LarryG wrote:

This is maddening! Mind-boggling! Ha!

Agreed!

LarryG wrote:

I guess we will have to await more experimental results from guys who tow-in, or who enter speed contests. But, they need to report wave heights and wave speeds more reliably and consistently, otherwise the data is almost useless to a statistician. (Garbage IN, Garbage OUT)

I agree that it would be a good beginning. But I think more information than just wave height and speed (combined with surfer speed and direction (e.g. peel angle)) would be required to construct a model with reasonable predictive capabilities. For example, a measurement of the slope of the wave face along the surfer's pathline at the location of the surfboard on the wave would be very useful as (it is the slope at the position of the surfboard along his pathline at the position of the surfer on the face of the wave rather than his elevation above the sea level that is important.

I'd like to thank "Strychnine" for his comments regarding the ability of skateborders and snowboarders to "pump" at the bottom of the Half-pipe or the Transition and thereby gain more speed in preparation for the next maneuver. I guess that's really what ice-skaters and roller-bladers have been doing for a long time. OK...not really rocket science, after all.

Well, "mtb", how do we quantify THAT? I'm about ready to give up on this...It's getting too complex for my puny brain do handle.

If the shape of the wave face of a good (i.e., "Plunging" or curling) wave is that of a Logarithmic Spiral (a Logarithmic function when plotted on a Polar Coordinate system), then we could use calculus to find the Slope of the curve (Derivative) at any point on the wave face.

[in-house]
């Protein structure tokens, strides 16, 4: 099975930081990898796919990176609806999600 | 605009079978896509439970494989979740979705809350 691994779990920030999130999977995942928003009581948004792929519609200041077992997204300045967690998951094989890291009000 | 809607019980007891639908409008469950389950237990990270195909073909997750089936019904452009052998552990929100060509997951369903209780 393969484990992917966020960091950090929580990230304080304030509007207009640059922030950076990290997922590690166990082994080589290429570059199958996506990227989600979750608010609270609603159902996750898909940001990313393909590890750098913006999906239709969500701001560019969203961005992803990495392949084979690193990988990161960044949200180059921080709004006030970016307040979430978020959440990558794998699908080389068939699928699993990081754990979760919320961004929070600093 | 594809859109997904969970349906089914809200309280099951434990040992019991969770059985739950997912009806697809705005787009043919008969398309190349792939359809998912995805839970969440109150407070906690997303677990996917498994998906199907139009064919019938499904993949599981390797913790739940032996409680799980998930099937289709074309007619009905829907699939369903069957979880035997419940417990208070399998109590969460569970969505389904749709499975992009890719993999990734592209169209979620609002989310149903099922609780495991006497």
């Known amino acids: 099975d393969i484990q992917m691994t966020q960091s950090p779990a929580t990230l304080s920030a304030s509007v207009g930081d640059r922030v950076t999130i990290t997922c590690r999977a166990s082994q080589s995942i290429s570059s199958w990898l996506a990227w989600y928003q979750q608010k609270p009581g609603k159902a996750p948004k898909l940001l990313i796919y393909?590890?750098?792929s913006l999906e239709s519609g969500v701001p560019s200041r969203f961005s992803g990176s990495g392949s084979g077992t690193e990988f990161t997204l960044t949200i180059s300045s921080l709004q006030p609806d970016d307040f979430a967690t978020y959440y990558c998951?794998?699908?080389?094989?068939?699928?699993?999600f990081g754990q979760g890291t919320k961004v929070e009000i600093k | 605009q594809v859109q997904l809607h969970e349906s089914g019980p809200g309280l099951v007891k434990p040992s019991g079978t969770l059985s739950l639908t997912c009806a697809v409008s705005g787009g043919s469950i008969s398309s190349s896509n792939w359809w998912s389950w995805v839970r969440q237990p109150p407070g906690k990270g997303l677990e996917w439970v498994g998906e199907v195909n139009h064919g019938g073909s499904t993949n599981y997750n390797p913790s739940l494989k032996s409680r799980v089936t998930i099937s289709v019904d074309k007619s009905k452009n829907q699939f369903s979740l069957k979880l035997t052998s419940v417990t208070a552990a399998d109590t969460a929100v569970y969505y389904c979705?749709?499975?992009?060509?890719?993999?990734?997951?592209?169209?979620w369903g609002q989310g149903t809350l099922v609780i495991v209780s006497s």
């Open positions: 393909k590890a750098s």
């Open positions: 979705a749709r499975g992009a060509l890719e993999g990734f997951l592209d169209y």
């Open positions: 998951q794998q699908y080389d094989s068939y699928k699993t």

But, I think a surfer tracking at a point on the face of a 16-foot wave where the slope is, say, the Optimum 48 degrees, would be going FASTER than a surfer on an 8-foot wave who is ALSO riding where the slope is 48 degrees. We need to find out...

I'm talking about "Steady-State" conditions, here; No climbing and dropping, and NO pumping!

Including the surfer's speed-increasing maneuvers complicates the situation significantly, so let's try to deal with that separately, after we have accumulated more experimental data in the surf.

Oh well...I guess I need to brush up on my calculus. This is going to be interesting!

Are any of you guys using the "S-Box" to measure and plot your rides on the waves?

We need to "Shake the Bushes" some more, trying to find more people interested in determining just "How Fast CAN a Surfer Go on a Wave?" Hopefully, some day we'll have a better idea...

Holy Moly Batman! I used to live at 84-246 Makau St. Did you know the kid with the artificial leg, named Lucky. Nice friendly kid. Rell Sunn also lived down the street. Small world, eh?